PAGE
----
Here are some things you should know about web hosting.
1. It’s a commodity. Mostly.
Website hosting isn’t a super complicated business. I know because I used to run a hosting company. Basically, a company buys a bunch of servers and then “leases” you space on one of those servers to host your website. Yes, there’s more to it than that–these companies have to hire engineers to manage their server architecture and they develop or license software that manages your hosting account and they make efforts to keep your website secure and online.
So, how do you choose between different hosting companies?
Even though WordPress hosting is a straightforward business, the details that separate different hosting companies are really important.
You should choose a hosting company that:
- uses high quality servers. Not mediocre servers they bought in bulk.
- offers good pricing.
- has great tech support.
- offers reliable service and uptime for your site.
- offers website backups to keep your site safe.
- uses the latest technology.
2. Bigger isn’t better!
You’ve probably seen people recommend the big hosting companies like Bluehost and Hostgator (possibly because those companies pay out huge referral fees to people who recommend them). What you won’t usually see people talk about is the fact that those companies are now owned by the same parent company.
In fact, a lot of the biggest hosting companies are now owned by one giant conglomerate. Bluehost, Hostgator, Hostmonster, A Small Orange, FatCow, FastDomain, JustHost, Site5, WebHost4Life, and more than 40 other hosting brands are actually owned by a single publicly traded corporation called Endurance International Group.
A lot of these brands started out as independent companies, and some of them used to be great hosting companies. I used to have an account with Hostgator and Bluehost, and I thought Hostgator was particularly good (before they were acquired by EIG).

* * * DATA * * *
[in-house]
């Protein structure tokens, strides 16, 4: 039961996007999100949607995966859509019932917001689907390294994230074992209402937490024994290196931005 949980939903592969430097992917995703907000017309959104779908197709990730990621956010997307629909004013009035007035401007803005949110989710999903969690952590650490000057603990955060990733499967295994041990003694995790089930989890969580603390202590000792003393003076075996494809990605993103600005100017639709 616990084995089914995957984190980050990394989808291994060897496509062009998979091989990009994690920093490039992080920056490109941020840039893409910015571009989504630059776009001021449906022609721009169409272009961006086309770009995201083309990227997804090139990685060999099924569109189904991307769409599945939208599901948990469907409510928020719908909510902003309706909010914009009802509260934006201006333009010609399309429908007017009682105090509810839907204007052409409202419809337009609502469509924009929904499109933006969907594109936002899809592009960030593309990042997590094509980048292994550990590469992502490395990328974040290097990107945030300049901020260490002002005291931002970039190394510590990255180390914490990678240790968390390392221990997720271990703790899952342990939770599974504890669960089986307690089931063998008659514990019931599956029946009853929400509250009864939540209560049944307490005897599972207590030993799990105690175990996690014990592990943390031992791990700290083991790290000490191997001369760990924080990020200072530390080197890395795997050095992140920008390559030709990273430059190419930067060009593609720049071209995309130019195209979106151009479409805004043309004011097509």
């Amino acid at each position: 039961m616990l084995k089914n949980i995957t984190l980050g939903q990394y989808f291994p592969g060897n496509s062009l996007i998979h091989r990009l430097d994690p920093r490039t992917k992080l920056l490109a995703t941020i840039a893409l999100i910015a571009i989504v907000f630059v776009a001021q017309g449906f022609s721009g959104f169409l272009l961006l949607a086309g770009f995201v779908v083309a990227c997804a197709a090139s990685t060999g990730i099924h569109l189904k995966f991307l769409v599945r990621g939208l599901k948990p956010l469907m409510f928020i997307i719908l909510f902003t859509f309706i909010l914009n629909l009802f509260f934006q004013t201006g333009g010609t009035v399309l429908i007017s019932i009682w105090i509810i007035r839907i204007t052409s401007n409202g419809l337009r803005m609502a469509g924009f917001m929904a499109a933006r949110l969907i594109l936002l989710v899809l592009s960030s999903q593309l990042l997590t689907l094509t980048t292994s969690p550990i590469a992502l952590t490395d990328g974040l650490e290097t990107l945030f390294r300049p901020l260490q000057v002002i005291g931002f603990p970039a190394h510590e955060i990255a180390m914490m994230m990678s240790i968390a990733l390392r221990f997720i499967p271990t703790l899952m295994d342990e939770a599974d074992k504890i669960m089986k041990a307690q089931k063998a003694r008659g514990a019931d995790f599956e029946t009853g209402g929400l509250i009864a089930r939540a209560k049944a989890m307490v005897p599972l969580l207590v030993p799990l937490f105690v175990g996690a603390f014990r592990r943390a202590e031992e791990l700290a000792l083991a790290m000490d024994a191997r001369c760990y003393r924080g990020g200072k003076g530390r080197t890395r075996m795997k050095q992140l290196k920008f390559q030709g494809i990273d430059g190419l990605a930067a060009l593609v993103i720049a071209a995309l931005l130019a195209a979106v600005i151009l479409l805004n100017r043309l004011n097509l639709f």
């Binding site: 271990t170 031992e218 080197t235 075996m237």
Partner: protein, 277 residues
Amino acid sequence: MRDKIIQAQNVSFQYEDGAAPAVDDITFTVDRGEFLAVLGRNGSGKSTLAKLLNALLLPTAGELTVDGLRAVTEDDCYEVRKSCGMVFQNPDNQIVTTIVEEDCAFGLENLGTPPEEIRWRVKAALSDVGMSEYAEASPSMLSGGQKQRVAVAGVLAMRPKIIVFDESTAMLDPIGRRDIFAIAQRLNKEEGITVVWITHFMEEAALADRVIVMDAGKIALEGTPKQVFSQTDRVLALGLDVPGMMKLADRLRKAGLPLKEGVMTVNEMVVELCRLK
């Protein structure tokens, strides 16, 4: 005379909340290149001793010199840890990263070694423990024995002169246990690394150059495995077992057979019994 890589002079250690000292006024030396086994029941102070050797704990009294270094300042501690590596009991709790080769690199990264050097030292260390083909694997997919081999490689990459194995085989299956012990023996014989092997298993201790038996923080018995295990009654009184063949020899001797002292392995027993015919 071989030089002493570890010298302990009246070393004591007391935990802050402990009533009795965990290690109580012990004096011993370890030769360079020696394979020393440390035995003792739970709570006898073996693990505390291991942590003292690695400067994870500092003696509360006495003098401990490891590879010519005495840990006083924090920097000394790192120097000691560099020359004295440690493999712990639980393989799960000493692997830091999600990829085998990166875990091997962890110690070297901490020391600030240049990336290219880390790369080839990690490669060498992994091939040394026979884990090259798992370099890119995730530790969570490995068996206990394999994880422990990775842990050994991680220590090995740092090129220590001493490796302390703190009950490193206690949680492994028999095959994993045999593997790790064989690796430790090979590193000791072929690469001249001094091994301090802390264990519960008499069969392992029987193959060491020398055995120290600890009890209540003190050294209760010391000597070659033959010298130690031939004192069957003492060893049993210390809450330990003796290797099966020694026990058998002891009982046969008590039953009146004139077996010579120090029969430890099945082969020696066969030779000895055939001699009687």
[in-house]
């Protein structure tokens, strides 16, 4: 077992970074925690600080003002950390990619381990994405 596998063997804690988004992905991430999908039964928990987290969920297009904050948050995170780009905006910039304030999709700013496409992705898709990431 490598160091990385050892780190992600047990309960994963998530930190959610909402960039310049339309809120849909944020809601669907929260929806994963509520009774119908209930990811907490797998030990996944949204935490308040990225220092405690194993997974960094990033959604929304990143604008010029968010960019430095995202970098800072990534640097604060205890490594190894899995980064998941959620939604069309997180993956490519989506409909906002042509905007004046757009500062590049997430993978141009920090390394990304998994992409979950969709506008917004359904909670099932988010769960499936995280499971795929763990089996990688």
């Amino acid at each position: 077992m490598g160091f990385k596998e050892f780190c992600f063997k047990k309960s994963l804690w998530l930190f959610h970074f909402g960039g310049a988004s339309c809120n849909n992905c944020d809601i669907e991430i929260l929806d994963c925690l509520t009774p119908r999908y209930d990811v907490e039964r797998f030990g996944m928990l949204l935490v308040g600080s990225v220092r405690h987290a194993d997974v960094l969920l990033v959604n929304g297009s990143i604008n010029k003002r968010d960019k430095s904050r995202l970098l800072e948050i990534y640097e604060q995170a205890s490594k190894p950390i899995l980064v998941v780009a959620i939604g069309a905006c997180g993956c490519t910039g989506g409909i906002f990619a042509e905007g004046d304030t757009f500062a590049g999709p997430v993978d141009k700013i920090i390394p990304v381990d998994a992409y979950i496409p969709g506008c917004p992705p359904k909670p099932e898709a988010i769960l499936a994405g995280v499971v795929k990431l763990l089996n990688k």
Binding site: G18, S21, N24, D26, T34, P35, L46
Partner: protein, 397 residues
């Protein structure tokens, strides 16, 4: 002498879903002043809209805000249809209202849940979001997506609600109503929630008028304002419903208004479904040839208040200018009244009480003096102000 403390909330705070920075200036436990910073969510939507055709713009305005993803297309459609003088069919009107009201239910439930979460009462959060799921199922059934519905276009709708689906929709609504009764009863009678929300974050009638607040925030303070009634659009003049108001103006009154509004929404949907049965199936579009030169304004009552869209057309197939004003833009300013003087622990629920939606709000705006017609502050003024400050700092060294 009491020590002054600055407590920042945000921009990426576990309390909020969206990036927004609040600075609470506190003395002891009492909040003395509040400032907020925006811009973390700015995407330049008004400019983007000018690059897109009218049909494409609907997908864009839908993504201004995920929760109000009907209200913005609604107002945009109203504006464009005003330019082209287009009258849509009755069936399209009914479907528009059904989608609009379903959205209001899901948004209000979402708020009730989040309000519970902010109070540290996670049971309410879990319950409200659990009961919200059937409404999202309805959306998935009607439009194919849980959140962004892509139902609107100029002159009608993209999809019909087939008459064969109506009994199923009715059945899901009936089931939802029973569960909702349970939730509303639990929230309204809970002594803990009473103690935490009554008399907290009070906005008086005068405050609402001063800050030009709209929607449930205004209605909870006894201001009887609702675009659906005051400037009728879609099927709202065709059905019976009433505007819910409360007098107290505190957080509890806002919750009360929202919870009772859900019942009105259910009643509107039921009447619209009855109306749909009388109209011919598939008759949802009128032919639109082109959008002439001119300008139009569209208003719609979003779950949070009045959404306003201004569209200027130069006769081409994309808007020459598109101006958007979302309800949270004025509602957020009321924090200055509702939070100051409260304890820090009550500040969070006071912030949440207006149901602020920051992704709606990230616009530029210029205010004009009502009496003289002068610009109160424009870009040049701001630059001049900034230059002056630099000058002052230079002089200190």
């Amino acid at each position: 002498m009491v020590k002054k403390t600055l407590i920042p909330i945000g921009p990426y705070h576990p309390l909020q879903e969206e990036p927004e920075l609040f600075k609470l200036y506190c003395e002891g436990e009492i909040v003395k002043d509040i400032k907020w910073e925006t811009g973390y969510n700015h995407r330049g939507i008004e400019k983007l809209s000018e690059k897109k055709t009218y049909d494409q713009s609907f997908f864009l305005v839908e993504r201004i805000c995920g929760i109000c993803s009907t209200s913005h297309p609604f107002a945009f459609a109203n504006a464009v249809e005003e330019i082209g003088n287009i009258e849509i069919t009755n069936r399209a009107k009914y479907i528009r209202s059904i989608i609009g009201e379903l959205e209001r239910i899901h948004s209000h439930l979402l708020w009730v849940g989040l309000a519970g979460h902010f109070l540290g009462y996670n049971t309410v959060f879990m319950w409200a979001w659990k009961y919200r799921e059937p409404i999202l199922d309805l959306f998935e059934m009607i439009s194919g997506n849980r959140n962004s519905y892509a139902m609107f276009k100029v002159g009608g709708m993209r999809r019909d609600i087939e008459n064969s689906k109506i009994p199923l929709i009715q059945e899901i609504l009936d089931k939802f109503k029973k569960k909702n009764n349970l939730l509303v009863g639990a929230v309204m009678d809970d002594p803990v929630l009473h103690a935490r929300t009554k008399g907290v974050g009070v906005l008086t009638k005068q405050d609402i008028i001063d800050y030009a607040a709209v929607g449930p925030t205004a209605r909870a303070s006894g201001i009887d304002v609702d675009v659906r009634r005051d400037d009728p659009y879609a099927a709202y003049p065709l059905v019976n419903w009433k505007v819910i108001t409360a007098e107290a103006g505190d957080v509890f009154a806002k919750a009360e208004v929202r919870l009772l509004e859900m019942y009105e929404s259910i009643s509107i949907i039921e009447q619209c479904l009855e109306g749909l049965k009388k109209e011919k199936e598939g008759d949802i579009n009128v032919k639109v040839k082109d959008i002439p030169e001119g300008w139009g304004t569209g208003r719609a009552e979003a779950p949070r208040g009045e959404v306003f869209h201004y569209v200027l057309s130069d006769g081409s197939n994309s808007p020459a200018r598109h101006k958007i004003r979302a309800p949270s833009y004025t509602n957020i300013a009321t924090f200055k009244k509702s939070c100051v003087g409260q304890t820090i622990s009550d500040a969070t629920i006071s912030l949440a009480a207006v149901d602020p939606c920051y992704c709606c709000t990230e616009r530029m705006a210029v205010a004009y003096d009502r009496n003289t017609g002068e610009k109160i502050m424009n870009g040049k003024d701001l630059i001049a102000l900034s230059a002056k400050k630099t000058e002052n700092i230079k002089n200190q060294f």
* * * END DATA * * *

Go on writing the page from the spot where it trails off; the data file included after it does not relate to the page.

After these companies were acquired, I started to notice problems with the sites that were hosted there. My websites were getting slower. Some of my client’s websites started crashing. Bluehost even lost one of my client’s websites completely! The client was furious. I was furious. Luckily I had a backup of the client’s site, because Bluehost wasn’t helpful at all. We had to move hosts.
I started doing research and noticed a pattern. These brands started out good, but service and speed and reliability (and pricing) seemed to be getting worse over time. It makes sense that cramming more and more websites onto the same aging servers would result in a deterioration of customer experience. Bluehost and HostMonster now share the same 50,000 square foot datacenter in the middle of Utah.
Bottom line: Competition is good for customers. A publicly traded company is loyal to its shareholders before anyone else.
There is nothing wrong with wanting to make money. I have multiple businesses and I strongly believe in and support entrepreneurship. But I also believe in fairness and honesty and delivering great customer service. You don’t have to sacrifice service for profit.